Recipe: Vanilla Extract


Vanilla extract- made from the cured seed pod of the vanilla orchid- is very easy to make. The quality of homemade extract can be superior to many commercial extracts. Very high quality vanilla beans at low prices are now available online. Recently I purchased a bundle of 40 fresh, plump seven inch long beans for under $15.00 on Ebay. Vanilla beans come in several varieties, bourbon, Tahitian, Madagascar and Mexican. I find using a variety of beans results in an extract with a more complex vanilla aroma and flavor.vanbeans

Alcohol is used as a base for extracting the essence of the vanilla bean. The flavor compounds in the beans are only soluble in alcohol. The longer the vanilla beans steep in the alcohol, the more intense the flavor becomes.  For my style of baking I prefer the flavor of cream sherry, rum or a combination of both as the base of my extract. Many people prefer a more neutral base and use vodka. No need to start with premium bottles of base alcohol for this, buy the least expensive you can find.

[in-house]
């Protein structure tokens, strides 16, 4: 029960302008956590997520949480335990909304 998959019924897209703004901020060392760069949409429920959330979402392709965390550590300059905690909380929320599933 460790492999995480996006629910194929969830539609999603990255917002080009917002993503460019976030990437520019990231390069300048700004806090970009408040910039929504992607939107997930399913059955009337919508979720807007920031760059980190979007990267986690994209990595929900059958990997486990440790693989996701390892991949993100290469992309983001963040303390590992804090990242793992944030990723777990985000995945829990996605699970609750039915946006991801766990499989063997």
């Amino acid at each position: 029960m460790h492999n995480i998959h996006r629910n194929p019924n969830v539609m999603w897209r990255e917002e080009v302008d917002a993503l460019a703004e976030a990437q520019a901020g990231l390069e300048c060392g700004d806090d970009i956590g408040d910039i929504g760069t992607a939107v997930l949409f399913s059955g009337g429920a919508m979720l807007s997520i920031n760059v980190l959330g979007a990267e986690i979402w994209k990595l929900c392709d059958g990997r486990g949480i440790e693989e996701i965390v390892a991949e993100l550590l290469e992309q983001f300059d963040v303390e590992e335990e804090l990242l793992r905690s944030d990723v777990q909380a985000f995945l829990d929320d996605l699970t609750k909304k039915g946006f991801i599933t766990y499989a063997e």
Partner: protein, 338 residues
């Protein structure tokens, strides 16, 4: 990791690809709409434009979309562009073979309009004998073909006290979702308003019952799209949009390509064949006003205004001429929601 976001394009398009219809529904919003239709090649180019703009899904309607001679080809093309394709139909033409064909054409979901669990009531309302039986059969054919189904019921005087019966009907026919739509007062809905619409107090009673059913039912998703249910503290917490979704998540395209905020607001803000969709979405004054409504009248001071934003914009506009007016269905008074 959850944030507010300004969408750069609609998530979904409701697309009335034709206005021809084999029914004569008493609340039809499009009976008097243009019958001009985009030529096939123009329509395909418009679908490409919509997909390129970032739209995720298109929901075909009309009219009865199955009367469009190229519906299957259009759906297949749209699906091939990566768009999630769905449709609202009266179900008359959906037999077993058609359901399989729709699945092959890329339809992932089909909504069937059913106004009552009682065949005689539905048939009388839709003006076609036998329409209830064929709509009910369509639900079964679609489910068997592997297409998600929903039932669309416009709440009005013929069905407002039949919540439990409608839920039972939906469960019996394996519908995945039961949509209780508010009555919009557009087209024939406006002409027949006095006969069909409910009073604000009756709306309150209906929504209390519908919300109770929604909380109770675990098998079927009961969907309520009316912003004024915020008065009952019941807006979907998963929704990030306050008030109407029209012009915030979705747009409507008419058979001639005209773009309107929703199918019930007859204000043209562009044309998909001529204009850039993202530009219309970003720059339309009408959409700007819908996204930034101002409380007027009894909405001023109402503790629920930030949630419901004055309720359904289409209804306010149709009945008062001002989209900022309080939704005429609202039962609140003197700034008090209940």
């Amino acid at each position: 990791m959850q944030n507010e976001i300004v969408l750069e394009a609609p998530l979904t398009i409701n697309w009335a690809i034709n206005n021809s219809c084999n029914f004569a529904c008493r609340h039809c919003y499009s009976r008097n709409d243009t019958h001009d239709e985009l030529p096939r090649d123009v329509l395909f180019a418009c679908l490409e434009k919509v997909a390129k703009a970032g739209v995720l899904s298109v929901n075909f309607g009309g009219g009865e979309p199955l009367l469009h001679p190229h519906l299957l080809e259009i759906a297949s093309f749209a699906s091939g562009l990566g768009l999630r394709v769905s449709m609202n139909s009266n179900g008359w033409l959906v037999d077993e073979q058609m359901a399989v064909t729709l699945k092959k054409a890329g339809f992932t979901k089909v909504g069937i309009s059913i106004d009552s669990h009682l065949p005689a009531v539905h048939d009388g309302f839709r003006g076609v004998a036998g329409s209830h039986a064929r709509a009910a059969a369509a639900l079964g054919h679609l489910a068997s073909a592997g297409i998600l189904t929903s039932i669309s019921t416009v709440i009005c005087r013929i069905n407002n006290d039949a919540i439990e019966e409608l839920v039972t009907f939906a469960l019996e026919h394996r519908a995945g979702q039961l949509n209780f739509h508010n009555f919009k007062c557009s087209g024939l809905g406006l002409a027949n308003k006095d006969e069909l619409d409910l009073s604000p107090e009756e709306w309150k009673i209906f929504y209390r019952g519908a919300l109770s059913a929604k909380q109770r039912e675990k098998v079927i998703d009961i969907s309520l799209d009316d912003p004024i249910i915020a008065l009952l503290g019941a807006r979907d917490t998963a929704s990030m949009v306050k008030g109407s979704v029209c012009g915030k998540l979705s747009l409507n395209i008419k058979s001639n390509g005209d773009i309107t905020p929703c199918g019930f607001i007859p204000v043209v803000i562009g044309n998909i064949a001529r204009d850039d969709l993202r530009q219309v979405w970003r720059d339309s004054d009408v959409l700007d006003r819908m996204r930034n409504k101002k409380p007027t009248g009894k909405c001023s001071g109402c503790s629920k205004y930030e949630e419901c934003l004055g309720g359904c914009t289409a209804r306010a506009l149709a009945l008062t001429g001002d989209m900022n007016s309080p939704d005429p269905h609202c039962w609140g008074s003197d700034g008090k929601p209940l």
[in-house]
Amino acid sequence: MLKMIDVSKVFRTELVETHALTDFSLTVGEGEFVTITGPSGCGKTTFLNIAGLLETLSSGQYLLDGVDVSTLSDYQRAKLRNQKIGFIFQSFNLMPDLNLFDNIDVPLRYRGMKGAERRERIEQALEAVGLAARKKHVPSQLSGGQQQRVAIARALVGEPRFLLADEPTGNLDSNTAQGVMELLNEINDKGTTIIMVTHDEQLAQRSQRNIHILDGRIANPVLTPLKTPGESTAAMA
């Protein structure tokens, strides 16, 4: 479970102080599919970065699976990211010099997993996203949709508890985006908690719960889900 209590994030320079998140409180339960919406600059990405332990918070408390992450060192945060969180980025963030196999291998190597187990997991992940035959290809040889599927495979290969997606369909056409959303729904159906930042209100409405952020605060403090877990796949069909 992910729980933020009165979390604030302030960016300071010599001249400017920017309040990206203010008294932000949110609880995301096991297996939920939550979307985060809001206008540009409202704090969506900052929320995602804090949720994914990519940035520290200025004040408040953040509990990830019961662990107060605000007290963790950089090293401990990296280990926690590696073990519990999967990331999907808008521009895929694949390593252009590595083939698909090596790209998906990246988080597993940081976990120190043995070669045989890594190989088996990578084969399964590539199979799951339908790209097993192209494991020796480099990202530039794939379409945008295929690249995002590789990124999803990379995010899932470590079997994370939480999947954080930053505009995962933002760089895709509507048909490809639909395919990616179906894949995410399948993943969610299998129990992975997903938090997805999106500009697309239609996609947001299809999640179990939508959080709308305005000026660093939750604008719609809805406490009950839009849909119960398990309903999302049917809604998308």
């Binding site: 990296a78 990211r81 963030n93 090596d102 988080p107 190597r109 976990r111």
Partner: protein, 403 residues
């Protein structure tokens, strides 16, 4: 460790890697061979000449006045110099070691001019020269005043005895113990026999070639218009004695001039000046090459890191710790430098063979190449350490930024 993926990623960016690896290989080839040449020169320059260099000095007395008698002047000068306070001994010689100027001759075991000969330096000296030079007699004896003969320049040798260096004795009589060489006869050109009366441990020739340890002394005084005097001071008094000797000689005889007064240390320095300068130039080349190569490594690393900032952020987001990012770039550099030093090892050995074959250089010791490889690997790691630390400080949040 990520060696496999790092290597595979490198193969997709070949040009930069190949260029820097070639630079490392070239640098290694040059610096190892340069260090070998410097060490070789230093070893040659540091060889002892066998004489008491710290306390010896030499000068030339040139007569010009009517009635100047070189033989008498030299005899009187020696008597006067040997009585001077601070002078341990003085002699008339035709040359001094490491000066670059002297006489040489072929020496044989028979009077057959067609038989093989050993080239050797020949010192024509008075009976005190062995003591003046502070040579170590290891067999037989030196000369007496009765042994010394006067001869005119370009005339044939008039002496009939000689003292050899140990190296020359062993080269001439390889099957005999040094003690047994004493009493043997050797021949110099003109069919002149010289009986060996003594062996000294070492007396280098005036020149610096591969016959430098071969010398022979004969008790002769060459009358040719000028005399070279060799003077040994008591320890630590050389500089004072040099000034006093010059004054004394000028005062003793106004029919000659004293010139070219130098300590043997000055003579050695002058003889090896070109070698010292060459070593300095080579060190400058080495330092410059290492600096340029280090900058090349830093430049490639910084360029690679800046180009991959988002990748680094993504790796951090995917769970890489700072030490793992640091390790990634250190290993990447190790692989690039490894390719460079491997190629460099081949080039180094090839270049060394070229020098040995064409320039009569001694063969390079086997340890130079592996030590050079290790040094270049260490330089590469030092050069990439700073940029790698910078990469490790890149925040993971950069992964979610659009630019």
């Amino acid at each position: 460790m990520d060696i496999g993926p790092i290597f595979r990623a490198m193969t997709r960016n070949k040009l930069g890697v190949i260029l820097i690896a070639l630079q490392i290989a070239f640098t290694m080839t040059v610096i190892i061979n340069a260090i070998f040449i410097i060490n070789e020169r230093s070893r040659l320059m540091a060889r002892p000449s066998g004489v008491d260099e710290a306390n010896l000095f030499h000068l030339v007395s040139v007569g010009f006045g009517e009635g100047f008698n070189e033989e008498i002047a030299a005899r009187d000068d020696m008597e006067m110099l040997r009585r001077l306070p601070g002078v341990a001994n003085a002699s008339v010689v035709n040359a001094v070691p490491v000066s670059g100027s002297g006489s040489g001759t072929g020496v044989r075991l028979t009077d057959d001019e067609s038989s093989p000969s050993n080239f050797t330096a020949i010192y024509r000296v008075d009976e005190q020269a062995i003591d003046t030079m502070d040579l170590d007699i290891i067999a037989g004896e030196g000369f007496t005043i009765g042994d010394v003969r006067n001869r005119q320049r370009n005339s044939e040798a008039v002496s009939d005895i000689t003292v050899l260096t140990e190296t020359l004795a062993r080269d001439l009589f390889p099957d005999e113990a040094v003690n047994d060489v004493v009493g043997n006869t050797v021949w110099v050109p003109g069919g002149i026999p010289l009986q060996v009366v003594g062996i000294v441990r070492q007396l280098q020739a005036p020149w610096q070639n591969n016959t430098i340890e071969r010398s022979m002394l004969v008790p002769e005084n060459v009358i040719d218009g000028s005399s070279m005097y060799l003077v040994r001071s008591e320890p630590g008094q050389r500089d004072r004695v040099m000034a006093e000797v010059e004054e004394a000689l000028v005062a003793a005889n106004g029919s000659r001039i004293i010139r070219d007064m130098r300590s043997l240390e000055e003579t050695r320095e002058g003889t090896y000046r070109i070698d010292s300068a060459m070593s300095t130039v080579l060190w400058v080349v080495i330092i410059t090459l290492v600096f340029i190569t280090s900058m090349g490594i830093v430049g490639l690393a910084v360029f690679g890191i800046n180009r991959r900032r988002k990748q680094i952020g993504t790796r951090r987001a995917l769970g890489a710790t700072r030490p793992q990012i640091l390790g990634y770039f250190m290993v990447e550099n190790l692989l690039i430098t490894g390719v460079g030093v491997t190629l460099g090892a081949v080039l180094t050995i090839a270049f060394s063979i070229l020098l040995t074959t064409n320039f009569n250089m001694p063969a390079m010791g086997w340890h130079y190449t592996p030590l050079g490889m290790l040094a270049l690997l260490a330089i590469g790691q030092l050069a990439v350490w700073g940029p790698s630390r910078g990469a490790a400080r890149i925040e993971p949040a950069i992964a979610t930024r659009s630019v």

1 bottle (750 ml) cream sherry, vodka or rum
8-10 vanilla beans slit in half lengthwise

Pour ¼ cup of the liquid from your bottle of sherry or rum and drop the split vanilla beans in. Return as much of the liquid to the bottle that will top it off and replace cap.

Place your bottle in a dark place (kitchen cupboard or pantry is fine) and shake every few days for 2 weeks and then once a month for 2-3 months. After that, your extract is ready to use in the same proportions as commercial extract. When your extract falls to about ½ of the bottle, top it off again with fresh sherry or rum. I have had a bottle with the original beans going for nearly 2 years. The aroma and flavor of the extract keep getting better with time. To use, measure exactly as your recipes require.


To give as a gift, decant your extract in attractive decorative glass bottles that can be found in houseware catalogs, houseware specialty stores and even dollar stores. I always put an extra bean or two split in half in my gift bottles so the person I give the extract to can continue to top the bottle off with new alcohol for a continuous source of vanilla extra for some time to come.

Las Vegas Hamburgers: Kilroy’s

kilroy's sign